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DATE : 17-08-22 06:12
Mental Training in Martial Arts; Part 1
 WRITER : usmai
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Mental Training in Martial Arts; Part 1
by Young Joo Cho, translated by Mike Sohn


Relaxation, A Key to Overcoming Physical Limitation

A desire to win is an integral part of human nature. It is so much so that success is measured by winning and the passion for it is openly displayed in competitive sport such as martial arts. Generally, physical attributes such as strength and quickness are associated with winning. Strength, in turn, is also defined by physical qualities like strong physique, stamina, and also by one’s physical mastery of his art or sport.

Even though, it is important to realize that strength does not guarantee a win. For example, at a martial arts competition it is not uncommon to witness a physically weaker or a less talented contender to win the match. There are numerous elements that attribute to the outcome of a match: differences in skills, physical condition at the time of the match, simple luck, etc. However, it should be noted that one of the major deciding factors is not physical, and for that very reason it is often overlooked. This intangible key to success is the mental ‘ability’ or ‘toughness’.

In competitive sports, one can easily predict a winner if one of the competitors appears nervous and tentative, and the other demonstrates self-confidence. The person who keeps his composure, thereby enabling him to maintain his focus, would have an advantage over his opponent. Consequently, an ability to maintain a calm state of mind can lead you to the winning path at critical junctions of a match. Thus, it is important to train both mind and body.

The words ‘mental training’ conjures up images of rigid, systematic training similar to weight lifting or martial arts training. However, since each person’s mental state, personality, temperament, and thought process are diverse, it is not productive to have a single standardized and conventional method for everyone.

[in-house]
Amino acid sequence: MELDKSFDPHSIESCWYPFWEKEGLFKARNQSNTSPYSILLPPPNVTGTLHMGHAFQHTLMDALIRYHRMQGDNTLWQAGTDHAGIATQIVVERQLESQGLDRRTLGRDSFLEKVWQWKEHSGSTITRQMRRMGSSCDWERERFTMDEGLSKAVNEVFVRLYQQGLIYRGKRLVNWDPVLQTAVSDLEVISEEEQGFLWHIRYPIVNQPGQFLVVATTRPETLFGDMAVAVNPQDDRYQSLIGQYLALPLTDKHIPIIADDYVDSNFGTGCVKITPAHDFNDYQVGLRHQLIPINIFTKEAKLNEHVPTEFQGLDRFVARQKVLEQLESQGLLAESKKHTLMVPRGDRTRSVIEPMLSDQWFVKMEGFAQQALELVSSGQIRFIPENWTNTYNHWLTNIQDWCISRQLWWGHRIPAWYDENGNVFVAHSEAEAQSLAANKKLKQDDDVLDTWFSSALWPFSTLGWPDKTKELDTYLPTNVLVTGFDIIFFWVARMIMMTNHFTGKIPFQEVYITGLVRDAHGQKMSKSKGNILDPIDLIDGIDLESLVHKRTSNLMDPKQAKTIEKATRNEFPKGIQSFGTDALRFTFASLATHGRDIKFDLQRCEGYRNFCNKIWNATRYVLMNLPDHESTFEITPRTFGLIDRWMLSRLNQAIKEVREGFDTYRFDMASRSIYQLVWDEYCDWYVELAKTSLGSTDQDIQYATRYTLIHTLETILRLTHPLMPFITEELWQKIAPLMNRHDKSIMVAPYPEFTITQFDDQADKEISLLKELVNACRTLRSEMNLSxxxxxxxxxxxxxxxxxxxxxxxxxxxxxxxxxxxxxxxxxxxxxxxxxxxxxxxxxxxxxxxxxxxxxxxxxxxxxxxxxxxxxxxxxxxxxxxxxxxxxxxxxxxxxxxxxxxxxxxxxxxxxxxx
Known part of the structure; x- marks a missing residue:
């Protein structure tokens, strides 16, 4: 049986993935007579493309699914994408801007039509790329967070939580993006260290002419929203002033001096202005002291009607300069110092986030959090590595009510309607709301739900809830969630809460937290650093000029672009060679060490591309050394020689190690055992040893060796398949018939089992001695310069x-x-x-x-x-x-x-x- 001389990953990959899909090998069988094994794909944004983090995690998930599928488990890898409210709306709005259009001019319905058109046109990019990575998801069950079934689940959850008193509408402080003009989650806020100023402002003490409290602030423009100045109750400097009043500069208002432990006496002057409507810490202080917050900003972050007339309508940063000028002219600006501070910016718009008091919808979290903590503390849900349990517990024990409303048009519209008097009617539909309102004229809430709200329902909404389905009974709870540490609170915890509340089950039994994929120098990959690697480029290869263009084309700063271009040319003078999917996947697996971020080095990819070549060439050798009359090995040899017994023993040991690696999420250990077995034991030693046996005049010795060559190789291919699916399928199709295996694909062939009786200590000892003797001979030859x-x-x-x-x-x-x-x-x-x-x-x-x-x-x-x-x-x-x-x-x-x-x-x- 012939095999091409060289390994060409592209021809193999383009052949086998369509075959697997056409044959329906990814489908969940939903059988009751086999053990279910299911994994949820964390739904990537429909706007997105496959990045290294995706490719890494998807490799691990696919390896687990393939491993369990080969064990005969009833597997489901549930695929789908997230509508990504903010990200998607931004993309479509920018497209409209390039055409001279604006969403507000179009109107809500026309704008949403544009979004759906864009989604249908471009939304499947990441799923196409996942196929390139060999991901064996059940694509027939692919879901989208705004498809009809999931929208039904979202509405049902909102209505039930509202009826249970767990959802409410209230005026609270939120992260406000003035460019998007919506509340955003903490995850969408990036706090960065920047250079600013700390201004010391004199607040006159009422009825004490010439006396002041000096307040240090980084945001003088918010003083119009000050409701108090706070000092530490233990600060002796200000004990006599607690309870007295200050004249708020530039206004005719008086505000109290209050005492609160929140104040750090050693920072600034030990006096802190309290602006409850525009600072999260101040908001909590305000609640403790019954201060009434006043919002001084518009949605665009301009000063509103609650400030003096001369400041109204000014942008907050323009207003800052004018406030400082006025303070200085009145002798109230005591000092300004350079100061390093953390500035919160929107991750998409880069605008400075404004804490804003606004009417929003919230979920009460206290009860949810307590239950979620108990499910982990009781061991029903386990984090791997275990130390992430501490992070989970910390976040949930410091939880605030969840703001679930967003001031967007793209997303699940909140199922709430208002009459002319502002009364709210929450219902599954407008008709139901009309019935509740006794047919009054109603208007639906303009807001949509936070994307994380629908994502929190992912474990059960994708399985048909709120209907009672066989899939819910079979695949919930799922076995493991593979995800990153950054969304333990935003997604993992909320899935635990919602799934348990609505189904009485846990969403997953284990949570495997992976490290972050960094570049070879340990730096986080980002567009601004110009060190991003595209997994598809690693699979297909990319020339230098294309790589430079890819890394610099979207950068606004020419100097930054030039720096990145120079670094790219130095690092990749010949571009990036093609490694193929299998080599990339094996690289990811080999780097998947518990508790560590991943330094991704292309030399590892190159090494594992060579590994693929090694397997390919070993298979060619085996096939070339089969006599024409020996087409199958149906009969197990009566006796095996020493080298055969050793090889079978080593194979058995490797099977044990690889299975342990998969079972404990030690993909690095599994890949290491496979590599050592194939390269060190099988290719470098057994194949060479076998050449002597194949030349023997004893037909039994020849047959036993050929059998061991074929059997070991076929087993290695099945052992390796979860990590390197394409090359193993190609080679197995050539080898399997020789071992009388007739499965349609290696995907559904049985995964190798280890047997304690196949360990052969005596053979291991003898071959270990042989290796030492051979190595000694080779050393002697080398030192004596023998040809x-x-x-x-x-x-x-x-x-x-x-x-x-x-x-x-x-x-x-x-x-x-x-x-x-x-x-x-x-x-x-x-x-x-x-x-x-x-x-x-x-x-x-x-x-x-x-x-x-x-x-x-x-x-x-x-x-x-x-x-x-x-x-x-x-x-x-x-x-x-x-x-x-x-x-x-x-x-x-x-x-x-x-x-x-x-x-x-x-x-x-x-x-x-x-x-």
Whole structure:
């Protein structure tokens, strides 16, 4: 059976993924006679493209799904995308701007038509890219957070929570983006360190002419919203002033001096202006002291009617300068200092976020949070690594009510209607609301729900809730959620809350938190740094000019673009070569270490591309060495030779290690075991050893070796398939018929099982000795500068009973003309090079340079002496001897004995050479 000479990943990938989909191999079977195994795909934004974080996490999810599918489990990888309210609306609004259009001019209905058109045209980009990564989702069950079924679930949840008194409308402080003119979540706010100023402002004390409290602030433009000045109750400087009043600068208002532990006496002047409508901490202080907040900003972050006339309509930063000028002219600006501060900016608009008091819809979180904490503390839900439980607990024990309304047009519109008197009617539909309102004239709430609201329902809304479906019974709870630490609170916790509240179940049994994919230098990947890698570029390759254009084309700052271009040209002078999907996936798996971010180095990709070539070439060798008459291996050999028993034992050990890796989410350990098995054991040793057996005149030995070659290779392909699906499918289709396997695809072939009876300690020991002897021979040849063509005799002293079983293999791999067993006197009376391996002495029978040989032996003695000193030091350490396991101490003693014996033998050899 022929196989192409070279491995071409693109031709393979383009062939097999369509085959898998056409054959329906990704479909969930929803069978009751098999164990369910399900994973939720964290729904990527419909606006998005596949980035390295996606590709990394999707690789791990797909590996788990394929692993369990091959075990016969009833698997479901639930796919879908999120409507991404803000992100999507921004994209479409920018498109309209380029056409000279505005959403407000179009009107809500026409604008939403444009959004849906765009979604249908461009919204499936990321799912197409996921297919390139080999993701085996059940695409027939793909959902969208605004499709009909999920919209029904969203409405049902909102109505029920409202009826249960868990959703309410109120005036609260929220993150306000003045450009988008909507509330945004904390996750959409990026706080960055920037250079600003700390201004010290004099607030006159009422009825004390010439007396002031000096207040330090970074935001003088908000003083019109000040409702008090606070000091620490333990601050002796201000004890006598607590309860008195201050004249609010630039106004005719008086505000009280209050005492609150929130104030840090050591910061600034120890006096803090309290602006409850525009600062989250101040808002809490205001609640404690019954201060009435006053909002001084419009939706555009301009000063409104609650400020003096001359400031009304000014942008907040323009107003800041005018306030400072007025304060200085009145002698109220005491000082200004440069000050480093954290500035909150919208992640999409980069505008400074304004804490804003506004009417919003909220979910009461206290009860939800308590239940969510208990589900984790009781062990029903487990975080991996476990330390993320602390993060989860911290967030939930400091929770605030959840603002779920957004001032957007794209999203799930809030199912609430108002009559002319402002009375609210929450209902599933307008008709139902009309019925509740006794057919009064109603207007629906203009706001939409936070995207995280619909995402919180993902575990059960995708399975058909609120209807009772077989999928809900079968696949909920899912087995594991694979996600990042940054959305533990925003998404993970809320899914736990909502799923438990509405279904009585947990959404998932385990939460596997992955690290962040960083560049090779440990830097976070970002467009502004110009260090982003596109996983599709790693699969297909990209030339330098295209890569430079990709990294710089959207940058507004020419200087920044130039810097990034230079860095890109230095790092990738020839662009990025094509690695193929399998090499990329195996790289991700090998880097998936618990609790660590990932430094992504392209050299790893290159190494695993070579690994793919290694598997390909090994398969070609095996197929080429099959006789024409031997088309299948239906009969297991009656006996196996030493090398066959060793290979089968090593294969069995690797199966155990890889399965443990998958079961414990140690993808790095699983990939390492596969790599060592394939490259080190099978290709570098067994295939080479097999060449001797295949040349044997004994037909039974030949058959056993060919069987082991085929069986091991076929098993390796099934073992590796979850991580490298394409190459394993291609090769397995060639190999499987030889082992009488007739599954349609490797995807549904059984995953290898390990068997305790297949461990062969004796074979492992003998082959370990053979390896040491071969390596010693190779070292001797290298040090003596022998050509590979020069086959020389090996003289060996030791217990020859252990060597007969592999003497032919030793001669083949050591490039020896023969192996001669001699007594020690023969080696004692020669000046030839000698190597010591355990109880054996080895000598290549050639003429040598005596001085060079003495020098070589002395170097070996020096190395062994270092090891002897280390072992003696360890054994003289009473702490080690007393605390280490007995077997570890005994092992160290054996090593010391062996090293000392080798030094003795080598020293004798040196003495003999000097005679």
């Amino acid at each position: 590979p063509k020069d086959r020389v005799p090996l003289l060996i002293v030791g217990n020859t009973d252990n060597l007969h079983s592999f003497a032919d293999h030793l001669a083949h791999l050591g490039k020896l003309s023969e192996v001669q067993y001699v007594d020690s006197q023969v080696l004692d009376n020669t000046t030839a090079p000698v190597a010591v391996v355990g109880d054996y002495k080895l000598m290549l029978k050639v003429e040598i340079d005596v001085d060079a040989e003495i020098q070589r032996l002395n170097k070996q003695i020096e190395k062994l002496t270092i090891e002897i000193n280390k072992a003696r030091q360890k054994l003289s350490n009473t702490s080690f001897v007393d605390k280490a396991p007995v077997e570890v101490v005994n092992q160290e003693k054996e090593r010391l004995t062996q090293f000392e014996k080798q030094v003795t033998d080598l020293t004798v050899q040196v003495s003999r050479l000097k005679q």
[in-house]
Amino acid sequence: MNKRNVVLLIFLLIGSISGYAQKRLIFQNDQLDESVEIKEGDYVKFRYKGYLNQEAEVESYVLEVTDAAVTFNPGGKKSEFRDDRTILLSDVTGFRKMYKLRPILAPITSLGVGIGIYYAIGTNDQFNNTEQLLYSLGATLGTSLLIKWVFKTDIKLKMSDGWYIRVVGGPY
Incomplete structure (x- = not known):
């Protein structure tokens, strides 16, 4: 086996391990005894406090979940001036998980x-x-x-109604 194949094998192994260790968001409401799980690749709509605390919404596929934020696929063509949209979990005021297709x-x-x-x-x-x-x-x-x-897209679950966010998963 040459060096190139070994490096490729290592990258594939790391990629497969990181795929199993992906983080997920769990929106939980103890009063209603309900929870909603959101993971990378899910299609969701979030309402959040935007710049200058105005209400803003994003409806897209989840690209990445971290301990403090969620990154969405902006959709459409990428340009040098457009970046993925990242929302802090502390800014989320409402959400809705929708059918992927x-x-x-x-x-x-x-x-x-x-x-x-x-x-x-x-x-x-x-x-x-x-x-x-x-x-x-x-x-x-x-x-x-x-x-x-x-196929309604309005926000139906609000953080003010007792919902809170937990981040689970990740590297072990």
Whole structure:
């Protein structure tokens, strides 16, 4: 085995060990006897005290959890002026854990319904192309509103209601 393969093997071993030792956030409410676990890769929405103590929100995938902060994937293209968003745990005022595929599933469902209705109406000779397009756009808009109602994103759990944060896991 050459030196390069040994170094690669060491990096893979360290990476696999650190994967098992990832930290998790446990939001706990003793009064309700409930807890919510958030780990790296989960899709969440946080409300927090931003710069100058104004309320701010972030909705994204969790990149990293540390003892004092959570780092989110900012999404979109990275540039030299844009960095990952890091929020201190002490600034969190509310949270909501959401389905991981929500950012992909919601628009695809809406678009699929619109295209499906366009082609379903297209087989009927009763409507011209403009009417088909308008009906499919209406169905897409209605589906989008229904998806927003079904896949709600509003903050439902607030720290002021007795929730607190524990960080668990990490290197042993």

The research on mental training began in earnest in 1950s in Eastern Europe, mainly in former Soviet Union and East Germany. The knowledge gained from these researches was utilized in full-scale mental training of their athletes. It was incorporated into the athletes’ daily lives, which included achieving greater awareness of their consciousness and goals. They were also introduced to image training and to improving their concentration levels.

Their ‘superiority’, or mental toughness, started receiving validation at world competitions, and reached the apex in 1976 at Montreal Olympics where they were able to garner a large number of gold medals. As a result, the importance of mental training gained worldwide prominence.

The nucleus of the mental training consists of motivation, relaxation, and concentration.

1) Motivation: Motivation is what drives an athlete to go the extra mile, what drives him to push himself further. A clear goal, and a strong desire to achieve it, is needed to maintain the focus on motivation. Do not be afraid to ask yourself even the most basic questions such as, ‘why am I devoting myself to training?’ or ‘why do I need to win at this competition?’ On the surface, these questions seem unnecessary and maybe even silly, however, one should be able to answer such questions with clear objective and conviction. The ability to do so could be the difference between a winner and a loser.

2) Relaxation: Often times, words used to describe athletes before a game are nervous, tense, anxious, jittery, uptight, etc. A bit of tension is not necessarily bad as it keeps the athlete ‘on his toes’. However, if an athlete is overwhelmed by nervousness or tension it could be detrimental to his performance as it affects both the mental and physical state.

In a normal state, body’s ideal blood flow is 40% to the brain, 30% to the upper torso, and 30% to the lower body. However, when a body tenses up 70% of the blood supply is sent to the brain, 20% to the upper torso, and 10% to the lower body. Consequently, reduced blood flow lowers the lower body temperature.

Also, tension causes shallow breathing, which reduces blood oxygen supply. Then the body tries to conserve oxygen by slowing down metabolism and starts yawning in an effort to replenish the depleted oxygen supply; this is often associated with feeling drowsy. Being in such a sluggish state cannot be useful at a competition.

For aforementioned reasons, it is vital to realize the importance of relaxation and to practice one’s ability to maintain ‘calm’ state of mind.

3) Concentration: There are two basic factors that affect concentration: external and internal distraction. It may be an impossibility to totally block out these distractions and achieve an absolute concentration. However, sometimes an athlete comes close to such a mental state: often referred to as being in a ‘zone’. When in a zone, most impressive physical performance and mental toughness are displayed. At times, it seems as if the athlete just cannot do anything wrong, almost as if he is able to anticipate what is going to happen next. Needless to say, concentration matters.

In sports, it is quite easy to become fixated on the physical aspects, however, the significance of mental training should not be discounted. A mental training that achieves a balance between motivation, relaxation, and concentration could be the winning combination.

* In the next column, mental training method will be introduced in a categorized manner that can be incorporated into the daily routine.